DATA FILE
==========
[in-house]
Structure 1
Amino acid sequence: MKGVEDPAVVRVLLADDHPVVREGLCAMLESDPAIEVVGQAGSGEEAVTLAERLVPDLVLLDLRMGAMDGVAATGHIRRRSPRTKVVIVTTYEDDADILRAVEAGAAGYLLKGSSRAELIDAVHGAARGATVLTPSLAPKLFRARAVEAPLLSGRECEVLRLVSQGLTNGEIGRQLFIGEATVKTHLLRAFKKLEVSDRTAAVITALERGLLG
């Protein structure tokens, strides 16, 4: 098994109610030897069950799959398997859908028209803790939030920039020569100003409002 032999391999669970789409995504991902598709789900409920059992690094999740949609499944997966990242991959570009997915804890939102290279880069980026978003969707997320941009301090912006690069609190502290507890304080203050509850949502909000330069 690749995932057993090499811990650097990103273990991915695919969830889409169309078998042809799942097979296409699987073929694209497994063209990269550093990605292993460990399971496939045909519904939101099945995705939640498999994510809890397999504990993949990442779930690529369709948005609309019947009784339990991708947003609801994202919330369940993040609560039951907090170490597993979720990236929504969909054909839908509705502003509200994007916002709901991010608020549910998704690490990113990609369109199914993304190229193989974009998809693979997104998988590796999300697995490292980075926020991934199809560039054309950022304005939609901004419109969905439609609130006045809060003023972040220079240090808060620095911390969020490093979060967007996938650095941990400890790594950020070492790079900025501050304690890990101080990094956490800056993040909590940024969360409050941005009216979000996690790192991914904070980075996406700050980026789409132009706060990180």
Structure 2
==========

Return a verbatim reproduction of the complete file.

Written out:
[in-house]
Structure 1
Amino acid sequence: MKGVEDPAVVRVLLADDHPVVREGLCAMLESDPAIEVVGQAGSGEEAVTLAERLVPDLVLLDLRMGAMDGVAATGHIRRRSPRTKVVIVTTYEDDADILRAVEAGAAGYLLKGSSRAELIDAVHGAARGATVLTPSLAPKLFRARAVEAPLLSGRECEVLRLVSQGLTNGEIGRQLFIGEATVKTHLLRAFKKLEVSDRTAAVITALERGLLG
């Protein structure tokens, strides 16, 4: 098994109610030897069950799959398997859908028209803790939030920039020569100003409002 032999391999669970789409995504991902598709789900409920059992690094999740949609499944997966990242991959570009997915804890939102290279880069980026978003969707997320941009301090912006690069609190502290507890304080203050509850949502909000330069 690749995932057993090499811990650097990103273990991915695919969830889409169309078998042809799942097979296409699987073929694209497994063209990269550093990605292993460990399971496939045909519904939101099945995705939640498999994510809890397999504990993949990442779930690529369709948005609309019947009784339990991708947003609801994202919330369940993040609560039951907090170490597993979720990236929504969909054909839908509705502003509200994007916002709901991010608020549910998704690490990113990609369109199914993304190229193989974009998809693979997104998988590796999300697995490292980075926020991934199809560039054309950022304005939609901004419109969905439609609130006045809060003023972040220079240090808060620095911390969020490093979060967007996938650095941990400890790594950020070492790079900025501050304690890990101080990094956490800056993040909590940024969360409050941005009216979000996690790192991914904070980075996406700050980026789409132009706060990180």
Structure 2